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BioMed Research International
Volume 2013 (2013), Article ID 139763, 6 pages
http://dx.doi.org/10.1155/2013/139763
Research Article

Ursodeoxycholic Acid Improves Bilirubin but Not Albumin in Primary Biliary Cirrhosis: Further Evidence for Nonefficacy

1The Royal Free Sheila Sherlock Liver Centre, Royal Free Hospital and UCL Institute of Liver and Digestive Health, London NW3 2QG, UK
2UK Medical Statistics Unit, London School of Hygiene and Tropical Medicine, Keppel Street, London WC1E 7HT, UK

Received 30 April 2013; Accepted 7 July 2013

Academic Editor: Senthil K. Venugopal

Copyright © 2013 Emmanuel A. Tsochatzis et al. This is an open access article distributed under the Creative Commons Attribution License, which permits unrestricted use, distribution, and reproduction in any medium, provided the original work is properly cited.

Abstract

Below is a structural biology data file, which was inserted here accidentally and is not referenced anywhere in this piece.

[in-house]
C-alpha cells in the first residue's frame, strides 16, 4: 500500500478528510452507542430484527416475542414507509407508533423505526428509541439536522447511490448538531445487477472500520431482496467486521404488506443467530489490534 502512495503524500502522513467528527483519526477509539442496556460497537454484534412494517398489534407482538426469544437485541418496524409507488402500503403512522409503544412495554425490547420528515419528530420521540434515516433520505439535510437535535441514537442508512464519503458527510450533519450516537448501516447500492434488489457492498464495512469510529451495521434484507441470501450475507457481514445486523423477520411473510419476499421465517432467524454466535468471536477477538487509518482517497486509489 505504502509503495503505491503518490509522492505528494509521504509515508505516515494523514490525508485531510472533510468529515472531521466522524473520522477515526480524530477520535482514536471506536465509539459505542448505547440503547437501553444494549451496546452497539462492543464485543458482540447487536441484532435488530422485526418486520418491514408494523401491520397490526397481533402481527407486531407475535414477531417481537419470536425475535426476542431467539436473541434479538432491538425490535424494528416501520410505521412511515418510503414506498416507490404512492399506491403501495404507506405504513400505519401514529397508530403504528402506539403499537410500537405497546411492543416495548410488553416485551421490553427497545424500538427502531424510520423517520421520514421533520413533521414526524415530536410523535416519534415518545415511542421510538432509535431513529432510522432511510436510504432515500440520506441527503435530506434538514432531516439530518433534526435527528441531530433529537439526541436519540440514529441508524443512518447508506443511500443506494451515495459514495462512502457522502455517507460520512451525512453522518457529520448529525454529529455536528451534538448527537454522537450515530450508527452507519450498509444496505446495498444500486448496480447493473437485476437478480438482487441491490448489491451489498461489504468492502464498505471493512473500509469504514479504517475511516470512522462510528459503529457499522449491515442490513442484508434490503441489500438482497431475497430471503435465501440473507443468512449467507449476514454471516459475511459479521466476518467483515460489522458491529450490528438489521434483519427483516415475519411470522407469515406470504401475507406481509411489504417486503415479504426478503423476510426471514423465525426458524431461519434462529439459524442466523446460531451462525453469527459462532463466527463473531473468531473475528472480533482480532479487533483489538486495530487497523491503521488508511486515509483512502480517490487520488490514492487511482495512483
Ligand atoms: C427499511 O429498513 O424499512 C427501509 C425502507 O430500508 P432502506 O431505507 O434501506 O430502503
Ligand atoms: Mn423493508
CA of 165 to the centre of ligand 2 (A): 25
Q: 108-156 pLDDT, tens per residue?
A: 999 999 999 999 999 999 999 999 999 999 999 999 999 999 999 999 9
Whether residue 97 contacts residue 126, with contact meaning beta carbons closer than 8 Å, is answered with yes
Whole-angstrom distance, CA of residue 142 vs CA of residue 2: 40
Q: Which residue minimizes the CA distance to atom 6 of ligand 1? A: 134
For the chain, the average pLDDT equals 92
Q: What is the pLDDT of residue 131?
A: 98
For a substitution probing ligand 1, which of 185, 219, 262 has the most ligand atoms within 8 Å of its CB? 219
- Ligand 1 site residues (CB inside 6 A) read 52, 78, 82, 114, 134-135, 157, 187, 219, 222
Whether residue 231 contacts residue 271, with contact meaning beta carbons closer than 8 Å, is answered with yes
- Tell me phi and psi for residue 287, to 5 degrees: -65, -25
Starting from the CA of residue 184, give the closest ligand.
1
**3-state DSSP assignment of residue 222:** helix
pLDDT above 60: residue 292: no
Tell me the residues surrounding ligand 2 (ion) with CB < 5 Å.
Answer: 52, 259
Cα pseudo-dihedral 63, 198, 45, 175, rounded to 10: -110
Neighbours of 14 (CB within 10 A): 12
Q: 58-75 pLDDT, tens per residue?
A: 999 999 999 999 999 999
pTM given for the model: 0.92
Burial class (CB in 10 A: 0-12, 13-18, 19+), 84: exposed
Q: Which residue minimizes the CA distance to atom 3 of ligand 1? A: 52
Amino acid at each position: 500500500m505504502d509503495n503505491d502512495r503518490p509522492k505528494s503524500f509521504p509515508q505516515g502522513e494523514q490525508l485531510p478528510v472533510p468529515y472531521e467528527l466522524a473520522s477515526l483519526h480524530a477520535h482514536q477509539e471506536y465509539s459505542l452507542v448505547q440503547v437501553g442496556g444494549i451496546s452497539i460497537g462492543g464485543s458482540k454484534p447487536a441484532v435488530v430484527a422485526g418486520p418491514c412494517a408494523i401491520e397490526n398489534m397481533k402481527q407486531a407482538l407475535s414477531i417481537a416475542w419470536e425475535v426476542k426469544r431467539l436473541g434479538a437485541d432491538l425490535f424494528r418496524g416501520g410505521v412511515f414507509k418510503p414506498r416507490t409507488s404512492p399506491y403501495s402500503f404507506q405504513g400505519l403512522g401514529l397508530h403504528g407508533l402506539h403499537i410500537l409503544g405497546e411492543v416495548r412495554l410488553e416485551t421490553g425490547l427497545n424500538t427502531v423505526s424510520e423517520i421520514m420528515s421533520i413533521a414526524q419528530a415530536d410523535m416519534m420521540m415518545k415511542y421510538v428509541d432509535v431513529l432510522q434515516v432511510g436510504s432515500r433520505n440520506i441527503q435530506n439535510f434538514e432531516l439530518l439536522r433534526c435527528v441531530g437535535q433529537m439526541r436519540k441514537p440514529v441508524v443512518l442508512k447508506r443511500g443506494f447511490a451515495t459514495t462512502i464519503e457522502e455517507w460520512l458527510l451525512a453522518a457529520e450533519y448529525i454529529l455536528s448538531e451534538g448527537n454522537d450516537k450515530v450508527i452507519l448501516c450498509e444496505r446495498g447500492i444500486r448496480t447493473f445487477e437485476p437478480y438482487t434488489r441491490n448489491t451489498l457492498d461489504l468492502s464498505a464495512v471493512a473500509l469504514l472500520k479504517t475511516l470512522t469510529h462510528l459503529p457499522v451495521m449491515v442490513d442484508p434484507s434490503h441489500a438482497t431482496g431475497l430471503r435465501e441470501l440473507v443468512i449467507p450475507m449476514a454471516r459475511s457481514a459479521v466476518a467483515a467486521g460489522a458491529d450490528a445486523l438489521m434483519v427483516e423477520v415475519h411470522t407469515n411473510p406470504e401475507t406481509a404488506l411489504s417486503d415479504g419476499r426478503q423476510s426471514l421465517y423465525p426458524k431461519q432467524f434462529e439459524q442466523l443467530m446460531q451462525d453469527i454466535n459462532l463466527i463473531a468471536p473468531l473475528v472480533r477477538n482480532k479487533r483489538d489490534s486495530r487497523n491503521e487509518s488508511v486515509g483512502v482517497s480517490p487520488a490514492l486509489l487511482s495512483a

Background/Aim. In randomised controlled trials (RCTs) of ursodeoxycholic acid (UDCA), although serum bilirubin is frequently reduced, its effect on disease progression and mortality is unclear. As serum albumin is an established independent prognostic marker, one might expect less deterioration of serum albumin values in a UDCA-treated group. We therefore modelled the typical evolution of serum bilirubin and albumin levels over time in UDCA-untreated patients and compared it with the observed levels in UDCA RCTs. Methods. Multilevel modelling was used to relate the evolution of serum albumin to serum bilirubin and time since patient referral. For each considered RCT, the derived model was used to predict the relationship between final mean serum albumin and bilirubin concentration, adjusted for mean serum albumin at referral and followup duration. Results. Five RCTs were eligible in terms of available data, of which two had long followup. In all trials, serum albumin did not significantly differ between UDCA- and placebo-treated patients, despite the UDCA effect on serum bilirubin. Therefore, there is no evidence over time for changes or maintenance of albumin levels for UDCA-treated patients above the levels predicted for placebo-treated patients. Conclusions. Our findings suggest that UDCA does not alter serum albumin in a way that is consistent with its effect on serum bilirubin. Therefore, reductions in serum bilirubin of UDCA-treated PBC do not parallel another validated and independent prognostic marker, further questioning the validity of serum bilirubin reduction with UDCA as a surrogate therapeutic marker.